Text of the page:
"I was very heavily into Intellivision for a while. They had the better sports games by far," he says. "Plus, they had Dungeons and Dragons.'" Even though he strayed to this high-tech hussy, he remains true to his old-school love. "Pitfall' was the best game on the Atari 2600," he muses. "Just the best."
And if there's a television on the tour bus, Davenport has had plenty of opportunity to hone his vine-swinging technique. That's because the band -- guitarists and fellow singers Kris Roe and Johnny Collura and drummer Chris "Kid" Knapp round out the lineup --has spent most of the past five years gigging around the world and building a diehard fan base. The punks' new effort, So Long, Astoria, won't be out until late February, but already they're playing hosts to a traveling party with friends Sugarcult, Autopilot Off, and Rufio.
"We like to tour whether or not we've got a new record out. When we did take some time off, we got [complaints] from our fans," Davenport says over the phone from a sound check in Toronto. "Plus, we can warm up some of the new songs."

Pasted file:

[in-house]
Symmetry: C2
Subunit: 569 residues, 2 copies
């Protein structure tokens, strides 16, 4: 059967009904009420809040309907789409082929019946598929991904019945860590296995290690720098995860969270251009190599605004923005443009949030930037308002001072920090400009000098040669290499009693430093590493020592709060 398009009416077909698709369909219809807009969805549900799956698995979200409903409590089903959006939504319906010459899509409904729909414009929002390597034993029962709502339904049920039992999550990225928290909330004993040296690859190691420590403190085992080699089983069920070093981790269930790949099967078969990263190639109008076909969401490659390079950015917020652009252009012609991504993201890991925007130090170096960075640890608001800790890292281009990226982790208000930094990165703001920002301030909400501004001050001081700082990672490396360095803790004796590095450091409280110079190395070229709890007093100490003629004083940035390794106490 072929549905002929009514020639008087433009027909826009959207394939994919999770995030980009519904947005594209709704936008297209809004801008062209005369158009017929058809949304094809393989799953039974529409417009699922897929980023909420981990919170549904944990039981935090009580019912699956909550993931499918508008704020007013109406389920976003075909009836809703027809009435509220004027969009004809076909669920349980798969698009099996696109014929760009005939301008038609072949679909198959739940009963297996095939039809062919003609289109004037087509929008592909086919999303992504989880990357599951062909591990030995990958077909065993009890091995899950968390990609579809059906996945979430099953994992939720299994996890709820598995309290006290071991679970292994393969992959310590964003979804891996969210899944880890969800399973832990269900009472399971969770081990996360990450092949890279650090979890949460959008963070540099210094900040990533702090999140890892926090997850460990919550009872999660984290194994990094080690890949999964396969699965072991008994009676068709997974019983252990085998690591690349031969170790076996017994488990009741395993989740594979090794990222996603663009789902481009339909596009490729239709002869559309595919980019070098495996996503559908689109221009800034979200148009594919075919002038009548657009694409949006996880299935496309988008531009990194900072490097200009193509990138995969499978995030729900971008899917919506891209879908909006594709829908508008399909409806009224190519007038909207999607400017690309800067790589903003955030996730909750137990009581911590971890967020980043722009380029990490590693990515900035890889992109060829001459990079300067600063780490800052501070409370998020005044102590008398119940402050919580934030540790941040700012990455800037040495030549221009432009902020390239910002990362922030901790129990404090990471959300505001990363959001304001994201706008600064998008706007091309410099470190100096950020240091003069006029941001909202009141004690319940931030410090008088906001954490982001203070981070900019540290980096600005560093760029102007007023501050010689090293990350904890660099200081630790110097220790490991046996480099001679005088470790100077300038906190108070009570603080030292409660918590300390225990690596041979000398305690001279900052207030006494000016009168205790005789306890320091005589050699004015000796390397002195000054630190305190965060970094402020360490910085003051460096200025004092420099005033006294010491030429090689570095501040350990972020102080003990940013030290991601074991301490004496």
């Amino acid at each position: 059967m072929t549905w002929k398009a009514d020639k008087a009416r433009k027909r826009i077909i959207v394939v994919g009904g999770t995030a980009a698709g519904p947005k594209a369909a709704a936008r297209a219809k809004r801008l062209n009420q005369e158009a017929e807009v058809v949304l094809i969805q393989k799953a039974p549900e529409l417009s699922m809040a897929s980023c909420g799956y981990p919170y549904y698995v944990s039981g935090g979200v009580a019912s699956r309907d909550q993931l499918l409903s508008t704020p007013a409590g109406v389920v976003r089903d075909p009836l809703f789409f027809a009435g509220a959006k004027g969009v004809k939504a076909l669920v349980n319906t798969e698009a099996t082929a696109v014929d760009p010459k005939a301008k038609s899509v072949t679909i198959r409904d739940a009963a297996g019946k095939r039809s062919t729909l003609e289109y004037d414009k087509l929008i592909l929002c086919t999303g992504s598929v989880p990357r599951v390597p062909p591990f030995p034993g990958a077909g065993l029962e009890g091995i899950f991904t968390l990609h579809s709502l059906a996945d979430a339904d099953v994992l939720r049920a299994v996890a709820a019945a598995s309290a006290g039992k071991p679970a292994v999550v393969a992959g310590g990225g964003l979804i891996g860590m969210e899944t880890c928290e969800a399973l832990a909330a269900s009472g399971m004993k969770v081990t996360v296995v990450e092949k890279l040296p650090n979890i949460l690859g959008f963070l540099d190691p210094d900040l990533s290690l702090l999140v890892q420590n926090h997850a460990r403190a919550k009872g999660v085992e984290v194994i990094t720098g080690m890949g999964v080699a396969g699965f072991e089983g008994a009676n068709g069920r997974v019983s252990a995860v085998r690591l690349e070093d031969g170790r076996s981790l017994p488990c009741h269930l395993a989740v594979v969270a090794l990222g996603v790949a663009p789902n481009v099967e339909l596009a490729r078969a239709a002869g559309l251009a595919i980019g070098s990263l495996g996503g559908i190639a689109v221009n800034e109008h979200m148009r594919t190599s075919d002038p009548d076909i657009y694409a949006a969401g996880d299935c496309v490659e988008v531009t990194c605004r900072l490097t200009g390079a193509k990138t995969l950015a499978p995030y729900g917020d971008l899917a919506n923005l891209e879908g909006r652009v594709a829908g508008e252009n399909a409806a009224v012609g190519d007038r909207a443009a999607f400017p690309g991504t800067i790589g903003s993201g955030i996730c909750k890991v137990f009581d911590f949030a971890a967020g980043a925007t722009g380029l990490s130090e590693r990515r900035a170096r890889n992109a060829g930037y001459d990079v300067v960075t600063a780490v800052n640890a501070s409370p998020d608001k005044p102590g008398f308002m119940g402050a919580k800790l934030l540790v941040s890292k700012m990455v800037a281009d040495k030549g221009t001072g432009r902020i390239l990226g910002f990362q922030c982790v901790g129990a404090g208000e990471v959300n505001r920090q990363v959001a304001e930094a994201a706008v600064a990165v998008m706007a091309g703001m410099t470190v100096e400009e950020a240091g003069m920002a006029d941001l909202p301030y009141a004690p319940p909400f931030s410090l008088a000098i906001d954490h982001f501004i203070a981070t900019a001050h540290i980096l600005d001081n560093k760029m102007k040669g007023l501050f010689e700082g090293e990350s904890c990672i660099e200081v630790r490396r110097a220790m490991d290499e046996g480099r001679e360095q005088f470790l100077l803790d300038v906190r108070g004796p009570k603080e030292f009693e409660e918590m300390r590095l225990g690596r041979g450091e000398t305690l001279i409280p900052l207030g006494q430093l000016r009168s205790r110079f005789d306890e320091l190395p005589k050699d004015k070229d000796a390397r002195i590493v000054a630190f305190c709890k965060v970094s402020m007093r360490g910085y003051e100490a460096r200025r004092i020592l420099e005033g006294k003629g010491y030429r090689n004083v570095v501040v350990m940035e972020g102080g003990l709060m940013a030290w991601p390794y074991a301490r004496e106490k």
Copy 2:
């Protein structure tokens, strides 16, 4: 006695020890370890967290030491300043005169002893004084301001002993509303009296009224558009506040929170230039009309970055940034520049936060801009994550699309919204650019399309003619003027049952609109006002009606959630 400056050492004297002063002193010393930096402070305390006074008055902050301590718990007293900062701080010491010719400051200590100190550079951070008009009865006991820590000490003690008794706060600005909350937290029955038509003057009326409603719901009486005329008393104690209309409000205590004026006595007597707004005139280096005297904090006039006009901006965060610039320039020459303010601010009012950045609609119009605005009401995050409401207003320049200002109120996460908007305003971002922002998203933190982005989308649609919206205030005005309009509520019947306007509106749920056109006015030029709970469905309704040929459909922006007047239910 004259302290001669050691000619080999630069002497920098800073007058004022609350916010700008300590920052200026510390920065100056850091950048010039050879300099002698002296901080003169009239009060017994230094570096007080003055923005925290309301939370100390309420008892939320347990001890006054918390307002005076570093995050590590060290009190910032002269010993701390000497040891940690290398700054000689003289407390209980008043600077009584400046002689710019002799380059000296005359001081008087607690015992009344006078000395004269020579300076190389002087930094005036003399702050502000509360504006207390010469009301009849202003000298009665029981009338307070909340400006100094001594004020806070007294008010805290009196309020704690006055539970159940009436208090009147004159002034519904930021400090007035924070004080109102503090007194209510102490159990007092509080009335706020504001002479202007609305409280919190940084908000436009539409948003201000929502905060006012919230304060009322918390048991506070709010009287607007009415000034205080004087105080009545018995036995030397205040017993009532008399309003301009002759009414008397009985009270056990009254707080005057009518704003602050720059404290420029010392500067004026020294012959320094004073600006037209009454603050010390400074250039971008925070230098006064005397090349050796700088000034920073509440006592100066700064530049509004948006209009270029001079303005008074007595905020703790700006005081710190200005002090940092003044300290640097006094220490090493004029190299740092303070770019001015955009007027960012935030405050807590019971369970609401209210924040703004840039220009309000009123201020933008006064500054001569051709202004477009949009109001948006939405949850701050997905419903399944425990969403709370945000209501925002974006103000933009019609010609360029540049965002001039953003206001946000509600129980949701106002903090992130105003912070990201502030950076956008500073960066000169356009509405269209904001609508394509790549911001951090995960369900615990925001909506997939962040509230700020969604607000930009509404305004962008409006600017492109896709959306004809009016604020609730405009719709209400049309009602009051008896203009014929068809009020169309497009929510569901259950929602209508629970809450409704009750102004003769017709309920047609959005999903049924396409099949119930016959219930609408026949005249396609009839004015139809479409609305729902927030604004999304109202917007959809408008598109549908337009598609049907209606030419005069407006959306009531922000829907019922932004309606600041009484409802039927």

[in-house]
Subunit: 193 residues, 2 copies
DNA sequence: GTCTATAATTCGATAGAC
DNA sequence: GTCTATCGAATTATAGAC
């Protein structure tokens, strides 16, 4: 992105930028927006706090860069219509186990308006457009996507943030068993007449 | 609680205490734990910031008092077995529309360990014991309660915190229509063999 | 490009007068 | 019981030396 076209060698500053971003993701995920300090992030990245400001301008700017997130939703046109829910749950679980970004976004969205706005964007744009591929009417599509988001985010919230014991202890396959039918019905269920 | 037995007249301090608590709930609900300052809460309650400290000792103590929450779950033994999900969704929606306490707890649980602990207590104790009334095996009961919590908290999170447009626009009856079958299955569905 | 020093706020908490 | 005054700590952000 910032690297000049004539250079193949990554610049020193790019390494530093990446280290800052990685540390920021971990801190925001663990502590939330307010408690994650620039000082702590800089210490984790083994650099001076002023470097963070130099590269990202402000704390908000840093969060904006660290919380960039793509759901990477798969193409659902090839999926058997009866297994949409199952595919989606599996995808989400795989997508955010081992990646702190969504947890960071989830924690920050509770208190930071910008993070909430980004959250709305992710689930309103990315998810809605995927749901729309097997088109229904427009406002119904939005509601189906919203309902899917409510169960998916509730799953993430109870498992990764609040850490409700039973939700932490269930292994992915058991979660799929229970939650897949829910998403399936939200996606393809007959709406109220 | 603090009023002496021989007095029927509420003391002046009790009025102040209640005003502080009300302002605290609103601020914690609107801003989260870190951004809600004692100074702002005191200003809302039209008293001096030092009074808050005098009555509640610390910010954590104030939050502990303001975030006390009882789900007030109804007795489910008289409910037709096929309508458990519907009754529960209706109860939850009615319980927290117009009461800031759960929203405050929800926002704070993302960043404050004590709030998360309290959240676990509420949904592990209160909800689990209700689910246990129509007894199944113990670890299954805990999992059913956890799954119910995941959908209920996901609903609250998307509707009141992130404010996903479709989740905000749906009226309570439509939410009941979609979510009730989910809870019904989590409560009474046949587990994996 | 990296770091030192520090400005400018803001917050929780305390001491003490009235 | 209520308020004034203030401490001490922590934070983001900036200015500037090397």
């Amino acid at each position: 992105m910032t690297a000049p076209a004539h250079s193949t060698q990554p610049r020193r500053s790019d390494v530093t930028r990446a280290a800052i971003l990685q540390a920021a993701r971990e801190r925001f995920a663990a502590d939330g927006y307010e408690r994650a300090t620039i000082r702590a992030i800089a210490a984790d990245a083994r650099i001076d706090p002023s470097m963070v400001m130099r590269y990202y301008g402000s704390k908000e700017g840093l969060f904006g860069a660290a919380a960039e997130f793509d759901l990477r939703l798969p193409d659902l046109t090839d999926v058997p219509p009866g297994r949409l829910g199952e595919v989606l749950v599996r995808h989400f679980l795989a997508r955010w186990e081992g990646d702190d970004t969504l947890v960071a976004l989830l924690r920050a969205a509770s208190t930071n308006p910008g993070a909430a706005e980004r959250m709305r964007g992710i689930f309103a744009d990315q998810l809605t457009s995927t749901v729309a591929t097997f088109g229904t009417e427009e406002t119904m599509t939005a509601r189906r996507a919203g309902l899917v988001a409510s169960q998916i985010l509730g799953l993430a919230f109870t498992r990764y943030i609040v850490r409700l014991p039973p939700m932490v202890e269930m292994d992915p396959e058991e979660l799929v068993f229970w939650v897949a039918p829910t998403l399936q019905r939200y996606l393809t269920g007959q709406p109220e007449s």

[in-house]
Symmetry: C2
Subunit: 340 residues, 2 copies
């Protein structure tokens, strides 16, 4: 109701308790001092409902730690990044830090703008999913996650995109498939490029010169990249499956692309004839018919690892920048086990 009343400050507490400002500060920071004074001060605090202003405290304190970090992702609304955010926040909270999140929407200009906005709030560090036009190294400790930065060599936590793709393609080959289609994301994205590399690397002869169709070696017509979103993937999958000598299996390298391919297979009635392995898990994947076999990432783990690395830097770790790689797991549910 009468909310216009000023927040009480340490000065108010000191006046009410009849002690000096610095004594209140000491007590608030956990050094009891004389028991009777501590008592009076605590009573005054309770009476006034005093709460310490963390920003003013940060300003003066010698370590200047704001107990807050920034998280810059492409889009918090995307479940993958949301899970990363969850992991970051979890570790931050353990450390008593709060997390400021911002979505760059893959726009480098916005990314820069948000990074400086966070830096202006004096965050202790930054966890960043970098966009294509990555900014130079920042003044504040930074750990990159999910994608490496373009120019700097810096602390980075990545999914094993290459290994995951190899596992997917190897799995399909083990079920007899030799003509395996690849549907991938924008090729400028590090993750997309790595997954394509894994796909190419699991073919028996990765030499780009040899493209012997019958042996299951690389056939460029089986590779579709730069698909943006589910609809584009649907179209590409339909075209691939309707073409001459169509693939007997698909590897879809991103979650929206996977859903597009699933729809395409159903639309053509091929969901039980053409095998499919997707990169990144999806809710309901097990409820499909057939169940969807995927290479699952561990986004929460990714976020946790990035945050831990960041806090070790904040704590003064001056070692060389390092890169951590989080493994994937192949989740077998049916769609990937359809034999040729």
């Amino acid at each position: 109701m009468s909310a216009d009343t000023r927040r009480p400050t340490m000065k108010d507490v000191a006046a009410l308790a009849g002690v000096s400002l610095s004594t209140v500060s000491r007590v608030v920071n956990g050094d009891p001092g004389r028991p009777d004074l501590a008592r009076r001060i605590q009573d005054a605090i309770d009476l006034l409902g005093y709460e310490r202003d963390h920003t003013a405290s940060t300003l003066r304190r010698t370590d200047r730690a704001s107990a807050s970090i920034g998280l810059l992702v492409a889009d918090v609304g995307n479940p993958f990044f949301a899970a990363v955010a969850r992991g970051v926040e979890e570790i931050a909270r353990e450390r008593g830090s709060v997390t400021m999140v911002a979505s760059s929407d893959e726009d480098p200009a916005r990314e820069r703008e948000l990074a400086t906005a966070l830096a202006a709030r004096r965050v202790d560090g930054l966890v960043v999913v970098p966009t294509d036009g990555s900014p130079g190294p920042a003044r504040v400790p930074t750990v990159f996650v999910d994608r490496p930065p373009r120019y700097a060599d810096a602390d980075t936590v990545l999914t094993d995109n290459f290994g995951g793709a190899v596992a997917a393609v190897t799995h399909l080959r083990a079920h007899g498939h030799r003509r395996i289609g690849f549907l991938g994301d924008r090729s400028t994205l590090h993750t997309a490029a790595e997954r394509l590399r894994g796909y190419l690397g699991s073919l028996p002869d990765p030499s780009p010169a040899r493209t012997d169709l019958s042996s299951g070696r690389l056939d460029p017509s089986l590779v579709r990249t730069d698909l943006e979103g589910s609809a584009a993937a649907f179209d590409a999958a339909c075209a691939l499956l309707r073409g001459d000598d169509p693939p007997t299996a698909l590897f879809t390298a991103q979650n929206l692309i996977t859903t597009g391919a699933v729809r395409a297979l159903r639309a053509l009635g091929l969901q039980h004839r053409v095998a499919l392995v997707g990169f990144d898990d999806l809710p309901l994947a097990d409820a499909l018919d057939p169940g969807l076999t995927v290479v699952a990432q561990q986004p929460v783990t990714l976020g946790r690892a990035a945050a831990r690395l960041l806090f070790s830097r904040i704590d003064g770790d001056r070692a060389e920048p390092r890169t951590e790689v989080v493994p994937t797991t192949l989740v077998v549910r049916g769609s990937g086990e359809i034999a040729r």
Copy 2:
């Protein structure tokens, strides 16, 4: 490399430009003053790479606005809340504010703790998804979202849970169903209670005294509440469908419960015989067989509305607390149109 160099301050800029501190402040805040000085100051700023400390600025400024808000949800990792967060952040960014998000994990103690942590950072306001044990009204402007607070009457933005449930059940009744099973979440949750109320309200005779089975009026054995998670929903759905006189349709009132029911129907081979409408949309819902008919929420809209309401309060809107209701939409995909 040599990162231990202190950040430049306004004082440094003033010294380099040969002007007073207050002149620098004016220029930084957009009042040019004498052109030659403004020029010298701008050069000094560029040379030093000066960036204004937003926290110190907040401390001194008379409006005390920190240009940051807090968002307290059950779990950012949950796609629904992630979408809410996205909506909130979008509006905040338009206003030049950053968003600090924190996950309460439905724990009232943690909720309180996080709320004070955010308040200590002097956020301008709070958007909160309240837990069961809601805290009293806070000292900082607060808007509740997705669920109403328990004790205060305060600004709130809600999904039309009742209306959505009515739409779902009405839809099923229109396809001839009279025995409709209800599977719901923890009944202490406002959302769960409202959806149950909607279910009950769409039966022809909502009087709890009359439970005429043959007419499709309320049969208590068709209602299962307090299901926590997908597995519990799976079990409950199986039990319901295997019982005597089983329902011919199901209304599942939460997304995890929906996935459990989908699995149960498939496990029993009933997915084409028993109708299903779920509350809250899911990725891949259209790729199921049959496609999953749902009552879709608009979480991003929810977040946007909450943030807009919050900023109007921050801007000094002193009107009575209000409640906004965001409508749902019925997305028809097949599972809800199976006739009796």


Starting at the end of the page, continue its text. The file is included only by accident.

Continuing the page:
So Long, Astoria will be the group's fourth full-length album -- and the first on a major label.
"It's been very exciting, but the strangest thing has been having so much time to record," Davenport says, adding that previous efforts took weeks, not months. "Before, Kris was putting down lyrics up to just before we were supposed to record them."
While sampler tracks "In This Diary" and "Take-Offs and Landings" show no diversion from the band's trademark sound, there is a shift in subject matter. "There are really only one, maybe two, songs about a girl here," Davenport says. Much of last year's End Is Forever was about busted relationships and broken romantic dreams, reflecting all four members' difficulties with that textbook challenge while traveling in a rock band. Davenport notes that all four relationships "survived."
With those dramas in the past, So Long, Astoria has a wider theme: Life is only as good as the memories you make.